"Statist Delusions: The bill for cradle-to-grave welfare has come due"
"Eleven Mediocre Southern Accents From Movies and How They Should Really Sound"

Two thoughtful posts on why poverty is really hard to fix

Megan McArdle: "What Do Low-Income Communities Need?"

Welfare reform, by pushing mothers into work, producedreal if modest improvementsin most measures of average well-being.  But as Jason De Parle documents, it didn't make them act like middle class parents.  They were still single mothers with a lot of kids and no very helpful men available, and their kids did not start going to school more--in fact, more work hours meant the kids were less carefully supervised, and the daughter of one of the three women he followed got pregnant at 17, continuing a major portion of the "cycle" that welfare reform was supposed to break.

If poor people did the stuff that middle class people do, it's possible--maybe probable--that they wouldn't be poor. But this is much harder than it sounds.  As John Scalzi once memorably put it, "Being poor is having to live with choices you didn't know you made when you were 14 years old."  Which often means, he might have added, spending your whole life doing the sort of jobs that middle class people sometimes do when they're 14.  It isn't that people can't get out of this: they do it quite frequently.  But in order to do so, you need the will and the skill--and the luck--to execute perfectly. There is no margin for error in the lives of the working poor.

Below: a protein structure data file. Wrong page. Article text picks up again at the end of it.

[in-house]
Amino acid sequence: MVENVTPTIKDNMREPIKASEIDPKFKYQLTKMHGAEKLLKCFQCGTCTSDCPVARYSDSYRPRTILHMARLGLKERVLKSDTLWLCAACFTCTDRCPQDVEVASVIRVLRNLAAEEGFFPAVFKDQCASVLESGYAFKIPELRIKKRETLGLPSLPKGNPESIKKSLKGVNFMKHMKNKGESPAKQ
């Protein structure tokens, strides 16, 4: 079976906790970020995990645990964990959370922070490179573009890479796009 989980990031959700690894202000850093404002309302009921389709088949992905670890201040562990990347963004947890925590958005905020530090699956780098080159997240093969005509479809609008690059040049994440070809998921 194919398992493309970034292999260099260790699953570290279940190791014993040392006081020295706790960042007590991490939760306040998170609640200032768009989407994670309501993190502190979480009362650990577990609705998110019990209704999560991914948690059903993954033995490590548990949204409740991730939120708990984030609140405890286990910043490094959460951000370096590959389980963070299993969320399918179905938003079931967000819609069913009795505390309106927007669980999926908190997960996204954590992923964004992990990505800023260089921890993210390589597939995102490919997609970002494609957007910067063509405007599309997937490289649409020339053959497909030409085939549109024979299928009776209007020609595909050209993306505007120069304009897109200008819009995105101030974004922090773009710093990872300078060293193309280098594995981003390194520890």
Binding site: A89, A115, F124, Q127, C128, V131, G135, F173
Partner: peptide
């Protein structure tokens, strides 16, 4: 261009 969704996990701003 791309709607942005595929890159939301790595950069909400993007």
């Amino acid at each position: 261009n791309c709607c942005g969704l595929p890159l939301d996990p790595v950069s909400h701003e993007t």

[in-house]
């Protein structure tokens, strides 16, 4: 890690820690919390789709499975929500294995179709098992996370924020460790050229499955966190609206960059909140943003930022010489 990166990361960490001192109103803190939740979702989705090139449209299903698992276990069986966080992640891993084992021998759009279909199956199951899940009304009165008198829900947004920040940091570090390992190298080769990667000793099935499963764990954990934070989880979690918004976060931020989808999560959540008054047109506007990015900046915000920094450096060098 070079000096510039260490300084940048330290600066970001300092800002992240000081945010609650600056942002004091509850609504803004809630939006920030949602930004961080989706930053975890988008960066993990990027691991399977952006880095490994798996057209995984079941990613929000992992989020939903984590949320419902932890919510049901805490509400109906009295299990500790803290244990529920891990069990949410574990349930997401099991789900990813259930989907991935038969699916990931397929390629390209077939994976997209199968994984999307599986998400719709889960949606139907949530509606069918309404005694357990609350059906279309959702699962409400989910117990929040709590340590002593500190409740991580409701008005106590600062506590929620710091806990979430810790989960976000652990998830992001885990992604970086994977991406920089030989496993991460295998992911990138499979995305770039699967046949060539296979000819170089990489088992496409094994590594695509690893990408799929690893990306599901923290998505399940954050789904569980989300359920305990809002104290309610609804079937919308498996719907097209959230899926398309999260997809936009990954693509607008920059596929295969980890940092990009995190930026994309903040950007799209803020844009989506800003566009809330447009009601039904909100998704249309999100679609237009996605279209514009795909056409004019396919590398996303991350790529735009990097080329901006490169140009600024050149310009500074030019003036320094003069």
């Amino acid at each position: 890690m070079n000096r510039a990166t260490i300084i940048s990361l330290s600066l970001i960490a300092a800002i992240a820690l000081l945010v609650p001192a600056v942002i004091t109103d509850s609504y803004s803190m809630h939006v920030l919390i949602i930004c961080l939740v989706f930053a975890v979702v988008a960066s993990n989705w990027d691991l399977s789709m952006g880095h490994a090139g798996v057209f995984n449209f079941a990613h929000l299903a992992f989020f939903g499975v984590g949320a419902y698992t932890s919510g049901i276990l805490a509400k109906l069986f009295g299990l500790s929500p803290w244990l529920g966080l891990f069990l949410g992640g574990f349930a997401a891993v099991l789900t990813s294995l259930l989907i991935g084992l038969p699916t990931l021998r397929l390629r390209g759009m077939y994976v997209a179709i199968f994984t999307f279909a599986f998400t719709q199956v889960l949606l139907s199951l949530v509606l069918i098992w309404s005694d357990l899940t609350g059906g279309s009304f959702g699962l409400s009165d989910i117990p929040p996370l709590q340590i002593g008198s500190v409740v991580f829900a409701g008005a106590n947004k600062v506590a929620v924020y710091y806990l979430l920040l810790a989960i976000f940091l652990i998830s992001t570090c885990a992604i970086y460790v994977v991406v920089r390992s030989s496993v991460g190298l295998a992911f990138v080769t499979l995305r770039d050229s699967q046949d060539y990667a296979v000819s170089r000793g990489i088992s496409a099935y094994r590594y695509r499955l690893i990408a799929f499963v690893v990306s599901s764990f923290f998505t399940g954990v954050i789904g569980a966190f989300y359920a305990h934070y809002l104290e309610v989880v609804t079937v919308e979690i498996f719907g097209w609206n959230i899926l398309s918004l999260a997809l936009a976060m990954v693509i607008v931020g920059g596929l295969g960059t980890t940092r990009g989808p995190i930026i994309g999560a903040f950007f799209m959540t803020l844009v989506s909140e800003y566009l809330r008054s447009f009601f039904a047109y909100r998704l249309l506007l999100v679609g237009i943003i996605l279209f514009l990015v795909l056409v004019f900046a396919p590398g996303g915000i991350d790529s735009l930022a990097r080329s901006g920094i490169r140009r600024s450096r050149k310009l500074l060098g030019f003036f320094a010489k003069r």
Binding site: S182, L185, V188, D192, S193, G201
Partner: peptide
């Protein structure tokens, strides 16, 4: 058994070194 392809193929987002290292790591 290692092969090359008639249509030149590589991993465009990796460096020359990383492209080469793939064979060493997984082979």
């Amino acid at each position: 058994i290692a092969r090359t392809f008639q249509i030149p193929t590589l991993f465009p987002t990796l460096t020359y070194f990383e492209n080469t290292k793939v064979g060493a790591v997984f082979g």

Eric Falkenstein, "What the 99% Really Need is a Little Willpower".

The 99% is a story that fits many journalists narratives about the major problem today: inequality. This seems like altruism, but focusing on the top 1% is also consistent with envy. Many think the top 1% are responsible for the poverty of the 99%, especially the truly poor, those in the bottom quartile. Yet the poor are pretty far removed from anything the top 1% can do. Graduate from high school, get married before you have children, work at any kind of job, even one that starts out paying the minimum wage. Fewer than 10 percent of families that follow his blueprint live in poverty, while 79 percent of those who don't follow the three-step plan end up poor. There is no redistribution scheme imaginable close to this in reducing poverty.